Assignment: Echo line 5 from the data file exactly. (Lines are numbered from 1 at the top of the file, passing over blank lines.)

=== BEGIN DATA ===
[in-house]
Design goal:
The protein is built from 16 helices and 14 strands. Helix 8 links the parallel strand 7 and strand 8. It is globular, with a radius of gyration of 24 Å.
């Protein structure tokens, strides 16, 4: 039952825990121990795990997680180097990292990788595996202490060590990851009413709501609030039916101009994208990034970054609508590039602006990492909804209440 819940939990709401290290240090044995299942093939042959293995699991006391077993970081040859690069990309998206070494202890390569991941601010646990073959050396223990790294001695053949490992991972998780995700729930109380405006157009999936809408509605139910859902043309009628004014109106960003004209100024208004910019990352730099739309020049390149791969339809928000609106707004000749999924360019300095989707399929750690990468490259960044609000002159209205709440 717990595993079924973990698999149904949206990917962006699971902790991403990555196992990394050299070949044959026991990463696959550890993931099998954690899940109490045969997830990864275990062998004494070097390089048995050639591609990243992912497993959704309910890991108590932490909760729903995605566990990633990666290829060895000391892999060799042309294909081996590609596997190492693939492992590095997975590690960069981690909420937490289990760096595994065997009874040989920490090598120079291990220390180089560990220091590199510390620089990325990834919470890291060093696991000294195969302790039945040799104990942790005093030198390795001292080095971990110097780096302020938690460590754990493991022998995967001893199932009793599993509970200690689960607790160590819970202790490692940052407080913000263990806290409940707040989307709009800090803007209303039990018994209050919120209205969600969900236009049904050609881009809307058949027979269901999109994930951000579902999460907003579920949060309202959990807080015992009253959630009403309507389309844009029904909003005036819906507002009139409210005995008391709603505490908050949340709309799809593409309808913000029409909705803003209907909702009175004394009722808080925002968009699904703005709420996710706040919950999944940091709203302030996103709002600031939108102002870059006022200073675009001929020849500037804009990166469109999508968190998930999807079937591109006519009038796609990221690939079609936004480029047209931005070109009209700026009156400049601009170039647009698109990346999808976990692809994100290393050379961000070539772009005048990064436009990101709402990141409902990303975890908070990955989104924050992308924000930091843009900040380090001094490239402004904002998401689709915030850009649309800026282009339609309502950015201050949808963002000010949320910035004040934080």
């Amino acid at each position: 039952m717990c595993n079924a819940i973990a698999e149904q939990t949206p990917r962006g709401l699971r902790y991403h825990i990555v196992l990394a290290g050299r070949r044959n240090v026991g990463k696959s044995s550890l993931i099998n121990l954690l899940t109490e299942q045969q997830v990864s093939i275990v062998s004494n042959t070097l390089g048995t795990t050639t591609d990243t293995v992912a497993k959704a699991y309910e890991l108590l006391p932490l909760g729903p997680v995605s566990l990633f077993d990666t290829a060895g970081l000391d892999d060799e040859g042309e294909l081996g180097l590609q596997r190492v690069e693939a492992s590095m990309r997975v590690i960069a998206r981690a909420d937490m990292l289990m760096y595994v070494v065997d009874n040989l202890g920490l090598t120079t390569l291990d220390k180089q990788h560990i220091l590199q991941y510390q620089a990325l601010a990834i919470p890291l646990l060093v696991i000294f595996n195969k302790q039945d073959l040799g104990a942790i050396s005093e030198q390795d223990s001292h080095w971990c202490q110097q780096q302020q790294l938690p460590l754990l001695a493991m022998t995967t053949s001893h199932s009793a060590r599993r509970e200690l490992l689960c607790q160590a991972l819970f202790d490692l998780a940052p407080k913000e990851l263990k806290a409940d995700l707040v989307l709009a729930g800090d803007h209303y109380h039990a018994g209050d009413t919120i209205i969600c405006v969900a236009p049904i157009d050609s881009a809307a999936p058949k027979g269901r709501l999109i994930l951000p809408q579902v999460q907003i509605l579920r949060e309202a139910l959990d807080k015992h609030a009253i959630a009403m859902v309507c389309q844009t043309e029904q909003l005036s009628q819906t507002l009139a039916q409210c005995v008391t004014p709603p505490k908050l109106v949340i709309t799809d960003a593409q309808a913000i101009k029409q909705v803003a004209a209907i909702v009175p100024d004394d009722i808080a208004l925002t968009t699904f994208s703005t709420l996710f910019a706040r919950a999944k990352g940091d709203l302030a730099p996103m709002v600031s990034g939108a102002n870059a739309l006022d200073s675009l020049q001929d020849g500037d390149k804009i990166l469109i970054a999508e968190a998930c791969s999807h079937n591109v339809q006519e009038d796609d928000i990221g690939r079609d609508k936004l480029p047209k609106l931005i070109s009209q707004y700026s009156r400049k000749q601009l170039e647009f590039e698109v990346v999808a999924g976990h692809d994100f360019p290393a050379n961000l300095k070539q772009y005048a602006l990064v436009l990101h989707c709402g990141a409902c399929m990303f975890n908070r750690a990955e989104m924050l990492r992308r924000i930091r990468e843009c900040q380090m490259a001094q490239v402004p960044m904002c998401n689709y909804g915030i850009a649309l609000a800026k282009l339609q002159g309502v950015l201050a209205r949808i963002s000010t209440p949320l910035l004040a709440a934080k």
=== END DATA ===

């Amino acid at each position: 039952m717990c595993n079924a819940i973990a698999e149904q939990t949206p990917r962006g709401l699971r902790y991403h825990i990555v196992l990394a290290g050299r070949r044959n240090v026991g990463k696959s044995s550890l993931i099998n121990l954690l899940t109490e299942q045969q997830v990864s093939i275990v062998s004494n042959t070097l390089g048995t795990t050639t591609d990243t293995v992912a497993k959704a699991y309910e890991l108590l006391p932490l909760g729903p997680v995605s566990l990633f077993d990666t290829a060895g970081l000391d892999d060799e040859g042309e294909l081996g180097l590609q596997r190492v690069e693939a492992s590095m990309r997975v590690i960069a998206r981690a909420d937490m990292l289990m760096y595994v070494v065997d009874n040989l202890g920490l090598t120079t390569l291990d220390k180089q990788h560990i220091l590199q991941y510390q620089a990325l601010a990834i919470p890291l646990l060093v696991i000294f595996n195969k302790q039945d073959l040799g104990a942790i050396s005093e030198q390795d223990s001292h080095w971990c202490q110097q780096q302020q790294l938690p460590l754990l001695a493991m022998t995967t053949s001893h199932s009793a060590r599993r509970e200690l490992l689960c607790q160590a991972l819970f202790d490692l998780a940052p407080k913000e990851l263990k806290a409940d995700l707040v989307l709009a729930g800090d803007h209303y109380h039990a018994g209050d009413t919120i209205i969600c405006v969900a236009p049904i157009d050609s881009a809307a999936p058949k027979g269901r709501l999109i994930l951000p809408q579902v999460q907003i509605l579920r949060e309202a139910l959990d807080k015992h609030a009253i959630a009403m859902v309507c389309q844009t043309e029904q909003l005036s009628q819906t507002l009139a039916q409210c005995v008391t004014p709603p505490k908050l109106v949340i709309t799809d960003a593409q309808a913000i101009k029409q909705v803003a004209a209907i909702v009175p100024d004394d009722i808080a208004l925002t968009t699904f994208s703005t709420l996710f910019a706040r919950a999944k990352g940091d709203l302030a730099p996103m709002v600031s990034g939108a102002n870059a739309l006022d200073s675009l020049q001929d020849g500037d390149k804009i990166l469109i970054a999508e968190a998930c791969s999807h079937n591109v339809q006519e009038d796609d928000i990221g690939r079609d609508k936004l480029p047209k609106l931005i070109s009209q707004y700026s009156r400049k000749q601009l170039e647009f590039e698109v990346v999808a999924g976990h692809d994100f360019p290393a050379n961000l300095k070539q772009y005048a602006l990064v436009l990101h989707c709402g990141a409902c399929m990303f975890n908070r750690a990955e989104m924050l990492r992308r924000i930091r990468e843009c900040q380090m490259a001094q490239v402004p960044m904002c998401n689709y909804g915030i850009a649309l609000a800026k282009l339609q002159g309502v950015l201050a209205r949808i963002s000010t209440p949320l910035l004040a709440a934080k």